On Friday, Warners took its turn by telling the court in a cross-appeal what happened after the Siegel estate sent its termination notice on Superman. According to the studio, the two sides had come to an agreement on "every essential term for a re-grant of rights" when in 2001, the estate was approached by an "intellectual property entrepreneur" -- attorney Marc Toberoff -- who dangled the prospect of more money. The Siegels fired their law firm at the time, hiring Toberoff, and allegedly contracting agent Ari Emanuel to sell Superman rights.

But Warners believes that when the Siegel family walked away from the negotiating table in 2001, a meeting of the minds had already taken place. "The family asserted there was no deal without a long form [contract], and the district court agreed, casting aside established California contract law principles—principles essential to the entertainment industry, where many business deals are never formalized," says the studio in its brief. "The rule there is simple, however: a deal is a deal, long form or not."

Warners asks that the 9th Circuit bring this long-running dispute to an end by enforcing the alleged 2001 deal.

The latest filing comes three months after Toberoff submitted his own brief before the 9th Circuit.

Superman's WB Future at Stake as Appeals Court Battle Begins
Eriq Gardner wrote:In its own brief, the Siegel estate asked the justices to determine that the lower court judge had erred by not allowing for the recapture of rights in later Superman comics.

According to the appellant, Siegel and Shuster created later comic books in the Superman series "on spec," at their own expense, without any commitment or engagement by DC. The co-creators are said to have sold rights to the work for $10/page, under the same terms of the initial comic.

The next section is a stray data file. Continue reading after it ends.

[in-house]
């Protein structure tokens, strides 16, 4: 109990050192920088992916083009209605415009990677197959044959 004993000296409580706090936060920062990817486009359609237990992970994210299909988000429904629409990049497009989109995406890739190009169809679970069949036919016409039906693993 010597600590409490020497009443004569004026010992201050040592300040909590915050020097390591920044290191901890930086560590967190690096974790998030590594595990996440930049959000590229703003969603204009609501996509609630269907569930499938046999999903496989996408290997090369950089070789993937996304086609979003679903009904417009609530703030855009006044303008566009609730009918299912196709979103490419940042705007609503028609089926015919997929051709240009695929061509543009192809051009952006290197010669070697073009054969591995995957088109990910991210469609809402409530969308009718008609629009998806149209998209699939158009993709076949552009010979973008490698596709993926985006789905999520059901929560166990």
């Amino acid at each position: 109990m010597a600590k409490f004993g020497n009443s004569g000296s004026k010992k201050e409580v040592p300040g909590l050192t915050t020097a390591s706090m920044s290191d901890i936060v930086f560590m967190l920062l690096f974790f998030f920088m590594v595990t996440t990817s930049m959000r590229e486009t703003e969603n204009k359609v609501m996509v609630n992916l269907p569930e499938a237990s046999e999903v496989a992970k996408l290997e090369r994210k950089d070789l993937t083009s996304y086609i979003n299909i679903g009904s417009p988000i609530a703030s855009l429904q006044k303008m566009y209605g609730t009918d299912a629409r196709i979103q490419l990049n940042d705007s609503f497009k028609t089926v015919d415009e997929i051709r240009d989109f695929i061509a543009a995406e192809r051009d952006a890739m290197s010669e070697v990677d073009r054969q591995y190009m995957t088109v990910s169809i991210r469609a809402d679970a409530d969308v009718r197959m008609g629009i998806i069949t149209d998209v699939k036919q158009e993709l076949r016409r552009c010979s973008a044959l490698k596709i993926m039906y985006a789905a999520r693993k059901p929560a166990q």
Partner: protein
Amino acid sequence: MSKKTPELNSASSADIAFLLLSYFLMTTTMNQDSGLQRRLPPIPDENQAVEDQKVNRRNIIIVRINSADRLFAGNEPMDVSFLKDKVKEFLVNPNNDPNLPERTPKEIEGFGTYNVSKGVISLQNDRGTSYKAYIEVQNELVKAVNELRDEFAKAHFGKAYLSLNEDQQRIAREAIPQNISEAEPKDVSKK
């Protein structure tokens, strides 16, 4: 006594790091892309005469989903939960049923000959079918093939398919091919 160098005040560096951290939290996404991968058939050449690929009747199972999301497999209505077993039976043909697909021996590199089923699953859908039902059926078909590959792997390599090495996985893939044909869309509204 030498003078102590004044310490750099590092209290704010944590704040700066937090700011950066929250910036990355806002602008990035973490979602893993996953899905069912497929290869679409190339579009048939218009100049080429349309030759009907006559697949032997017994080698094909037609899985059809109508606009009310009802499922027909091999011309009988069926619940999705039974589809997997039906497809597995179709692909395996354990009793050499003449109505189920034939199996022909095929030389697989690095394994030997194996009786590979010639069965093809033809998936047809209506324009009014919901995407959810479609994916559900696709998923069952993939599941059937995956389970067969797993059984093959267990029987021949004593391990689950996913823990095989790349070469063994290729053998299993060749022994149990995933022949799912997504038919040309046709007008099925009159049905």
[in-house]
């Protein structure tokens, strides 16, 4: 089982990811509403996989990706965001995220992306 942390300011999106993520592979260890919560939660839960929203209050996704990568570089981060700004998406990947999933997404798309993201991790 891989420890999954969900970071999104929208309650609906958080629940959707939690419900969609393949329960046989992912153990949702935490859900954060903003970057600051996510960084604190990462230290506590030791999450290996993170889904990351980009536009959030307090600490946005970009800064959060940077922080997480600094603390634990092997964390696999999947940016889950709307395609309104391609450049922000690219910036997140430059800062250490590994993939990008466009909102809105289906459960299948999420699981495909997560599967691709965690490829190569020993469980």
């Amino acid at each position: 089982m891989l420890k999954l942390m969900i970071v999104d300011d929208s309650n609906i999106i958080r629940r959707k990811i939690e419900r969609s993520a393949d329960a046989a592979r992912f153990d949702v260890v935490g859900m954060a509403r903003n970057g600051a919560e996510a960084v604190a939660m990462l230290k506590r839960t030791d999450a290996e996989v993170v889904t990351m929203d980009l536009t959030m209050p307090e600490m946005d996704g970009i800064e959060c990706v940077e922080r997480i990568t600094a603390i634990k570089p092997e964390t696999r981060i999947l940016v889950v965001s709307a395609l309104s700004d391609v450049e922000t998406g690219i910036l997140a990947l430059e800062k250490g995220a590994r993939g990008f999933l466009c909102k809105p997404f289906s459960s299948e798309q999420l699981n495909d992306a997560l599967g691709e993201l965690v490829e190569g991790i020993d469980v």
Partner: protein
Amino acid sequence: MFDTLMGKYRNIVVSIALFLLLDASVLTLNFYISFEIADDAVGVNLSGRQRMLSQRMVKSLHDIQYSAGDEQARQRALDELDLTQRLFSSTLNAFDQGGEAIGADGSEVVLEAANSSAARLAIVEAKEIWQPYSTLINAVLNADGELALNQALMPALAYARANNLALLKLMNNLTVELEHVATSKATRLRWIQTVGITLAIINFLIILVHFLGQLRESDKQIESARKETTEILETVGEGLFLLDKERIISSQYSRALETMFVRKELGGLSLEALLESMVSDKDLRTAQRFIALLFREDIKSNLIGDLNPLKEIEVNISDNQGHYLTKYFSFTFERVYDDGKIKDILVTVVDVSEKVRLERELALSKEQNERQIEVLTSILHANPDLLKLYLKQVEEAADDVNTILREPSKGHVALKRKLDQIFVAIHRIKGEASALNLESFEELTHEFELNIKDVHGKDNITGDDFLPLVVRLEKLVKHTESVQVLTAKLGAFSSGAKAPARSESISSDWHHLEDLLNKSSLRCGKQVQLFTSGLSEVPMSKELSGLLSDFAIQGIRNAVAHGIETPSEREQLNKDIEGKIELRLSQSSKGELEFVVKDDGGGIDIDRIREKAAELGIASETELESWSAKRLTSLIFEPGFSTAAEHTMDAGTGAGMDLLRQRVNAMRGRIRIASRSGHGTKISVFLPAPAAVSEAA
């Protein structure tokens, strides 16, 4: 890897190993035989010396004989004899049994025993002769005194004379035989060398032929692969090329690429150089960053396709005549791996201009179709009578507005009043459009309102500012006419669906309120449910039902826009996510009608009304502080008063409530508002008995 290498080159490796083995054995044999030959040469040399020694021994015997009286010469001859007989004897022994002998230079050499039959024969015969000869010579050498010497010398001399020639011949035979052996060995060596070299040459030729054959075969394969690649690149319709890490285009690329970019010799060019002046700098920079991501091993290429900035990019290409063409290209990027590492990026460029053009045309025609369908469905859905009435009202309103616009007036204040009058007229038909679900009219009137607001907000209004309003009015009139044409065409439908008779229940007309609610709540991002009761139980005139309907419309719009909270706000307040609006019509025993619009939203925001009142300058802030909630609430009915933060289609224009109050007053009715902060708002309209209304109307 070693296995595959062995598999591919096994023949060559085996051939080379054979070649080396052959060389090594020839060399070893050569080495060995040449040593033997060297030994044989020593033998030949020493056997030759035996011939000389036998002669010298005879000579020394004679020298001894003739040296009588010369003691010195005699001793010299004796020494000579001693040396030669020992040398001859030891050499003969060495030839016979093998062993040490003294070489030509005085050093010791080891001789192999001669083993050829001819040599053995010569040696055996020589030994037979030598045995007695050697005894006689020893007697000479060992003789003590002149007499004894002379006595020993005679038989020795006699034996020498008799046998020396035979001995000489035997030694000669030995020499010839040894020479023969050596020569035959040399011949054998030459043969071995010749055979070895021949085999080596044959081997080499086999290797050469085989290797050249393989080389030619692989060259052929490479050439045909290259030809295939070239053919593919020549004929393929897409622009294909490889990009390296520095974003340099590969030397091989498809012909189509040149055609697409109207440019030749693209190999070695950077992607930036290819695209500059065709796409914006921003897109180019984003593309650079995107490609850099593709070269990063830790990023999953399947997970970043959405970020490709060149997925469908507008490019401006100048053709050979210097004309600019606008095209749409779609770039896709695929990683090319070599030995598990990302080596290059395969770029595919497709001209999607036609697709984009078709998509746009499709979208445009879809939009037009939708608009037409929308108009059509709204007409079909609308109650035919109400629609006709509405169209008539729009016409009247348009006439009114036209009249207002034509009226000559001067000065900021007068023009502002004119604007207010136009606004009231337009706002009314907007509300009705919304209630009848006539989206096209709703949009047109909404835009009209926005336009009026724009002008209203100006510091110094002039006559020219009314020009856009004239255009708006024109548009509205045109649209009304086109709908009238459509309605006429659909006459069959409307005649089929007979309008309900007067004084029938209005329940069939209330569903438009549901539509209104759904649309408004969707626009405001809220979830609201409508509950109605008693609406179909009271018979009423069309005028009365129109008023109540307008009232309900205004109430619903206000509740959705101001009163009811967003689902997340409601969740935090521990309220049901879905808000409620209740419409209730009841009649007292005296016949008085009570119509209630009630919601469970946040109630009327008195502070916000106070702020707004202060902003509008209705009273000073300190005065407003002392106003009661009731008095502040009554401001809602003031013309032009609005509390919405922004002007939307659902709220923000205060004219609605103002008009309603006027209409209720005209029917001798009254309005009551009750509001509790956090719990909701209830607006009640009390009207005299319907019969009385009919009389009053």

The estate believes that this work can't be deemed as a "work for hire" because the Warner subsidiaries can't meet the burdens of the "instance and expense" test, which has previously been defined as a determination that “the motivating factor in producing the work was the employer who induced the creation” and the employer had the right to “direct and supervise the manner in which the writer performs his work."

Instead, Siegel and Shuster purportedly wrote the Superman stories before any relationship with the comic book publisher, and after their deal, were "entitled solely to a contingent profit participation while shouldering the entire cost and financial risk of the strips' creation."

In sum, the Siegel family wants the 9th Circuit to uphold the essence of the Copyright Act's termination provisions -- allowing authors' heirs to enjoy the fruits of a longer copyright term.

Much of Warners' own appellate brief is focused on the question of the 2001 negotiations, but the studio does respond to the Siegels' attempts to expand the scope of its recaptured rights. Warners says that the appellant is misapplying the instance-and-expense test and gives an alternative story about what happened in the 1930s/1940s when the first Superman comics were created.

"All of the foregoing works were both created and published after Siegel and Shuster entered into two relevant agreements with DC," says Warners. "Under those agreements, DC possessed complete control over creation of new Superman stories and elements. Nothing could be done without DC’s consent. DC warned Siegel and Shuster that DC would 'not tolerate or accept slipshod work,' and that if their new Superman stories and artwork did not 'show a marked improvement,' DC would 'make other arrangements to have it done.'

PHOTOS: 10 Top Summer Superheroes Of All Time: Battle of Box Office Brawn

In telling what happened some 70 years ago, Warners cites publisher-demanded rewrites and the "major financial investment" in commissioning new Superman material. The studio also points out that Detective Comics only took on the "tremendous gamble" of Superman after other publishers had passed. In sum, Warners is presenting the picture of a family which is repudiating both the 2001 deal as well as the original agreements made in the 1930s.